Future research should pay attention to the way in which new discussions surrounding animal welfare, environmental sustainability, and middle-class consumer lifestyles give rise to new discursive and material articulations of sacrifice by Muslims in different contexts.

Food, Medicine, and Healing

Historically, there are close associations between food and healing. The unani (lit. Greek) medical system, practiced across the Muslim world for hundreds of years, clearly articulates a link between food, healing, and authoritative religious sources (Alavi 2008). The unani medical system is based on a humoral theory of the body combined with prophetic dietary practice. Popular products considered medicinally beneficial and prophetically inspired include dates, milk, and honey. These and similar food products are prescribed for medicinal benefits while at the same time thought to contain and transmit prophetic wisdom. Close attention to the way in which Muslims discuss, consume, and prepare these authorized and preferred food products has not been extensive and deserves more attention. Particularly interesting is the revival of unani by middle-class Muslims as an alternative to Western medical practices.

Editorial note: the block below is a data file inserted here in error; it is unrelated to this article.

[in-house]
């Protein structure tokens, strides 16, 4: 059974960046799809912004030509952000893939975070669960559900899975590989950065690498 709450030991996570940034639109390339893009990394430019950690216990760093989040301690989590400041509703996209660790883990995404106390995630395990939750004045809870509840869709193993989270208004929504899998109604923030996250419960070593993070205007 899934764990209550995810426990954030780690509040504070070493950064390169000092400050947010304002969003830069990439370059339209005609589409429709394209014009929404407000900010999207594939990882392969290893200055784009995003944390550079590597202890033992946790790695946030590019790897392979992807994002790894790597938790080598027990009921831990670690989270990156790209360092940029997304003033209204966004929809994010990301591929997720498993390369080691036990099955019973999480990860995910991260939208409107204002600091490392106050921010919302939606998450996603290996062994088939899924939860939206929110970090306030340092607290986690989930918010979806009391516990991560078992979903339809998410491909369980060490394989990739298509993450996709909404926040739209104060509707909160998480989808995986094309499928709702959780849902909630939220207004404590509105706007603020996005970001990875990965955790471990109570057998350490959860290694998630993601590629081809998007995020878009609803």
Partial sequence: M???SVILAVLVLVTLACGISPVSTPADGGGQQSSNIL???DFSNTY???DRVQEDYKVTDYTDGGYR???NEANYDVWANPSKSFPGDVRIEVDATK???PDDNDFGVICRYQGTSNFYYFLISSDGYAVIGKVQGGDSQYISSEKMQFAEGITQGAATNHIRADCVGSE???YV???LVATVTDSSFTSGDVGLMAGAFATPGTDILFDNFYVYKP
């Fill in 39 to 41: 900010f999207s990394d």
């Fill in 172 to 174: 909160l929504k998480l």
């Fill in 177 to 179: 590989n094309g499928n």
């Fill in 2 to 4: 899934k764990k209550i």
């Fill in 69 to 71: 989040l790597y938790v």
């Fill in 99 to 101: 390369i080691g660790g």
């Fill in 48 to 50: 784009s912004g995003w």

The link between religion and healing extends beyond food to include the power of Quranic verse and prayer. Richard and Nancy Tapper found that among Durrani Pashtuns, food consumption extended beyond religion to include health, honor, and magic (Tapper and Tapper 1986). In their analysis of magic, they refer to a common practice of “a mulla writing Koranic verse on a paper that is then eaten or the ink washed off and drunk” (Tapper and Tapper 1986, 73). Similarly, in Darfur (Sudan), it has been noted among the Berti Muslim group that individuals consult with specialists (faki) to have Quranic verse written onto a wooden tablet. The ink is then washed off with water and ingested (El-Tom 1985). Prescriptions include everything: “an illness, starting a business, getting involved in a dispute, setting out on a journey, etc.” (El-Tom 1985, 417). Interestingly, during the 1980s when El-Tom carried out the research, he noted that practitioners in Darfur consulted manuals imported from across the Islamic world, from “Egypt, Iran, Lebanon and Saudi Arabia” (El-Tom 1985, 416).